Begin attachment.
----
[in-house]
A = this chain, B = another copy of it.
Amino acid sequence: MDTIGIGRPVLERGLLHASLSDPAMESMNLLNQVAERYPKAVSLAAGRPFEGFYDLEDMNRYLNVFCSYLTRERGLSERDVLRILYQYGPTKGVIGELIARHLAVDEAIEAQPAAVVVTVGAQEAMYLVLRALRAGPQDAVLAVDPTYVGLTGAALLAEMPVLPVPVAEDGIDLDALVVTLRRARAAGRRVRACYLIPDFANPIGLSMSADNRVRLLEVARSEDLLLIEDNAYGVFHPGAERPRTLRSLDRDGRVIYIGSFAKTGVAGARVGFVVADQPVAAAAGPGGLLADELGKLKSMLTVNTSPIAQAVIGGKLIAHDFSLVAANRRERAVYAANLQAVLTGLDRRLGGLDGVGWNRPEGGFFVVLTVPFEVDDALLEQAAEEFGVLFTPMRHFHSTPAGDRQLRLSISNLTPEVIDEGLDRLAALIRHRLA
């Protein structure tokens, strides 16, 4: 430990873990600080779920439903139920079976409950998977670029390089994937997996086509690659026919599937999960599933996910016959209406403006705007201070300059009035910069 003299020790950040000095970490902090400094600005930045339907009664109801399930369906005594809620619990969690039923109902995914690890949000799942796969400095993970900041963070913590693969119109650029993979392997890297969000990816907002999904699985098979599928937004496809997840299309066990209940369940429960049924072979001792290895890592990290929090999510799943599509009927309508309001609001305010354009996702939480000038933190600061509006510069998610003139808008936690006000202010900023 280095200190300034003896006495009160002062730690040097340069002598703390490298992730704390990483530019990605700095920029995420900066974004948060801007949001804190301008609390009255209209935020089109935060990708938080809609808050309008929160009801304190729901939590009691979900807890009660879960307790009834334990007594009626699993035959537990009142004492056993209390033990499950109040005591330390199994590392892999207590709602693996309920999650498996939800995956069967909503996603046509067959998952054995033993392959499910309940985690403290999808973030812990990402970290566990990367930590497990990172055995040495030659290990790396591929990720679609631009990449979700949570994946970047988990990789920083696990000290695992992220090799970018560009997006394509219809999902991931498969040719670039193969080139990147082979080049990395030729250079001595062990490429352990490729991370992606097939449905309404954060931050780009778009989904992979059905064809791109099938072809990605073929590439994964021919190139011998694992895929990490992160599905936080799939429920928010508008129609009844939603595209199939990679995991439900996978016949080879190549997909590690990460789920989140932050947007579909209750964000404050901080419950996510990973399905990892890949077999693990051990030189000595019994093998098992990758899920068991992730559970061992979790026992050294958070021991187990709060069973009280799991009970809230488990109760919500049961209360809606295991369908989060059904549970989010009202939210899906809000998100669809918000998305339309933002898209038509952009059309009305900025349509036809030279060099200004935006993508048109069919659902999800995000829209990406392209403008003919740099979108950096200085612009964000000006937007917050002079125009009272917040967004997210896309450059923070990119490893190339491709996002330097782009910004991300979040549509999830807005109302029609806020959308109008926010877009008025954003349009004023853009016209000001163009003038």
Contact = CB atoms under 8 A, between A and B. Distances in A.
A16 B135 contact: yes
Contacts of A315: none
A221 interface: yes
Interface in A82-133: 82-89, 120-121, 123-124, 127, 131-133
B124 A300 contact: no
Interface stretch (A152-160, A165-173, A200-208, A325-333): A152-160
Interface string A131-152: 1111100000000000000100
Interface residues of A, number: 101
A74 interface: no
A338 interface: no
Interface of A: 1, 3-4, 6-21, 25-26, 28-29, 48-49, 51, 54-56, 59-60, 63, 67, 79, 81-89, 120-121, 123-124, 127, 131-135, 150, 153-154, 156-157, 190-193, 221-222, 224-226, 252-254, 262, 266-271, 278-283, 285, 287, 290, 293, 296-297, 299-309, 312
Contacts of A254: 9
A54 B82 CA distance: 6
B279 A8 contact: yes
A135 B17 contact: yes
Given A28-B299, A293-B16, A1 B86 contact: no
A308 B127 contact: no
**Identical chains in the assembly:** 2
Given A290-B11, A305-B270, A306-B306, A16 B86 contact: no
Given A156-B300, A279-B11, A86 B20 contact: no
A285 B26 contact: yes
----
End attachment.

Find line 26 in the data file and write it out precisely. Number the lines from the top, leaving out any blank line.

A285 B26 contact: yes